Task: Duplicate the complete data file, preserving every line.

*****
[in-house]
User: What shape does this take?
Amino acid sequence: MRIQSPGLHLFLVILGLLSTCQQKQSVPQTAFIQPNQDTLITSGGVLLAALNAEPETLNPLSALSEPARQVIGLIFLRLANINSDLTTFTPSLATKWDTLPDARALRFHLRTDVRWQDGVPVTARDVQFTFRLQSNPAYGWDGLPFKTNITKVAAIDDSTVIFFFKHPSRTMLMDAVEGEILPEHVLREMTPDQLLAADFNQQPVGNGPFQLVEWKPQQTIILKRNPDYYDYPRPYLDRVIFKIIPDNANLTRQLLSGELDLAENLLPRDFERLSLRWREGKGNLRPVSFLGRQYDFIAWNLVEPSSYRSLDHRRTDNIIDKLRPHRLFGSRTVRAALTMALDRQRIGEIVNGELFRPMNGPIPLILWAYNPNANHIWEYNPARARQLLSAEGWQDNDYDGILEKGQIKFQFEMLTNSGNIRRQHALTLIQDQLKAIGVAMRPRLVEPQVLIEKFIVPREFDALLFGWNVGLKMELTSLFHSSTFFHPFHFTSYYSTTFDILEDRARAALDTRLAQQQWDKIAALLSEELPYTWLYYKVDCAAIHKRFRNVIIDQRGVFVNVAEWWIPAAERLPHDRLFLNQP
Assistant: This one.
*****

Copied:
[in-house]
User: What shape does this take?
Amino acid sequence: MRIQSPGLHLFLVILGLLSTCQQKQSVPQTAFIQPNQDTLITSGGVLLAALNAEPETLNPLSALSEPARQVIGLIFLRLANINSDLTTFTPSLATKWDTLPDARALRFHLRTDVRWQDGVPVTARDVQFTFRLQSNPAYGWDGLPFKTNITKVAAIDDSTVIFFFKHPSRTMLMDAVEGEILPEHVLREMTPDQLLAADFNQQPVGNGPFQLVEWKPQQTIILKRNPDYYDYPRPYLDRVIFKIIPDNANLTRQLLSGELDLAENLLPRDFERLSLRWREGKGNLRPVSFLGRQYDFIAWNLVEPSSYRSLDHRRTDNIIDKLRPHRLFGSRTVRAALTMALDRQRIGEIVNGELFRPMNGPIPLILWAYNPNANHIWEYNPARARQLLSAEGWQDNDYDGILEKGQIKFQFEMLTNSGNIRRQHALTLIQDQLKAIGVAMRPRLVEPQVLIEKFIVPREFDALLFGWNVGLKMELTSLFHSSTFFHPFHFTSYYSTTFDILEDRARAALDTRLAQQQWDKIAALLSEELPYTWLYYKVDCAAIHKRFRNVIIDQRGVFVNVAEWWIPAAERLPHDRLFLNQP
Assistant: This one.